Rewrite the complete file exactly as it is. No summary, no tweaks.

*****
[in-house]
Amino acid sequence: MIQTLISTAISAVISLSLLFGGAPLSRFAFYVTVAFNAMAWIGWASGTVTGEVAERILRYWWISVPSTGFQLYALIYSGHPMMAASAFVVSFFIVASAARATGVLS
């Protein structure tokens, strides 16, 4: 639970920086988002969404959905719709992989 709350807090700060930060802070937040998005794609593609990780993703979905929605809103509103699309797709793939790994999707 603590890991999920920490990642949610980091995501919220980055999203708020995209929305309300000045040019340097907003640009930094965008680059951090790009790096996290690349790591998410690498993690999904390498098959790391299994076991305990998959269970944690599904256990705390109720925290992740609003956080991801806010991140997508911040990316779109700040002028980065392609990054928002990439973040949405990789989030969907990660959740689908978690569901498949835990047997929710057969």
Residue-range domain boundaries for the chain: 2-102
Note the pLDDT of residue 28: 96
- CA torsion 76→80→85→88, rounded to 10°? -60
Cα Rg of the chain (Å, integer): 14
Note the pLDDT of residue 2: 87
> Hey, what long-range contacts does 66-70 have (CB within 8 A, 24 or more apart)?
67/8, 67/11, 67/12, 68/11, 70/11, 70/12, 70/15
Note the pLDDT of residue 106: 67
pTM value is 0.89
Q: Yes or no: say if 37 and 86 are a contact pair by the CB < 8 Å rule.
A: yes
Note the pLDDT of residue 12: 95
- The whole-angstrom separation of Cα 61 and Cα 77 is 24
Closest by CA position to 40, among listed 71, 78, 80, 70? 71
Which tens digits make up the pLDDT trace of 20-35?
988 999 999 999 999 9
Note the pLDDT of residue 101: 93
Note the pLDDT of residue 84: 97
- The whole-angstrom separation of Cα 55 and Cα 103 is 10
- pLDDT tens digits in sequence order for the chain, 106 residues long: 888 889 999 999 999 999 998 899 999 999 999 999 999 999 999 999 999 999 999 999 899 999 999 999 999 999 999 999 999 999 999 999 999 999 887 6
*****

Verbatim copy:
[in-house]
Amino acid sequence: MIQTLISTAISAVISLSLLFGGAPLSRFAFYVTVAFNAMAWIGWASGTVTGEVAERILRYWWISVPSTGFQLYALIYSGHPMMAASAFVVSFFIVASAARATGVLS
């Protein structure tokens, strides 16, 4: 639970920086988002969404959905719709992989 709350807090700060930060802070937040998005794609593609990780993703979905929605809103509103699309797709793939790994999707 603590890991999920920490990642949610980091995501919220980055999203708020995209929305309300000045040019340097907003640009930094965008680059951090790009790096996290690349790591998410690498993690999904390498098959790391299994076991305990998959269970944690599904256990705390109720925290992740609003956080991801806010991140997508911040990316779109700040002028980065392609990054928002990439973040949405990789989030969907990660959740689908978690569901498949835990047997929710057969």
Residue-range domain boundaries for the chain: 2-102
Note the pLDDT of residue 28: 96
- CA torsion 76→80→85→88, rounded to 10°? -60
Cα Rg of the chain (Å, integer): 14
Note the pLDDT of residue 2: 87
> Hey, what long-range contacts does 66-70 have (CB within 8 A, 24 or more apart)?
67/8, 67/11, 67/12, 68/11, 70/11, 70/12, 70/15
Note the pLDDT of residue 106: 67
pTM value is 0.89
Q: Yes or no: say if 37 and 86 are a contact pair by the CB < 8 Å rule.
A: yes
Note the pLDDT of residue 12: 95
- The whole-angstrom separation of Cα 61 and Cα 77 is 24
Closest by CA position to 40, among listed 71, 78, 80, 70? 71
Which tens digits make up the pLDDT trace of 20-35?
988 999 999 999 999 9
Note the pLDDT of residue 101: 93
Note the pLDDT of residue 84: 97
- The whole-angstrom separation of Cα 55 and Cα 103 is 10
- pLDDT tens digits in sequence order for the chain, 106 residues long: 888 889 999 999 999 999 998 899 999 999 999 999 999 999 999 999 999 999 999 999 899 999 999 999 999 999 999 999 999 999 999 999 999 999 887 6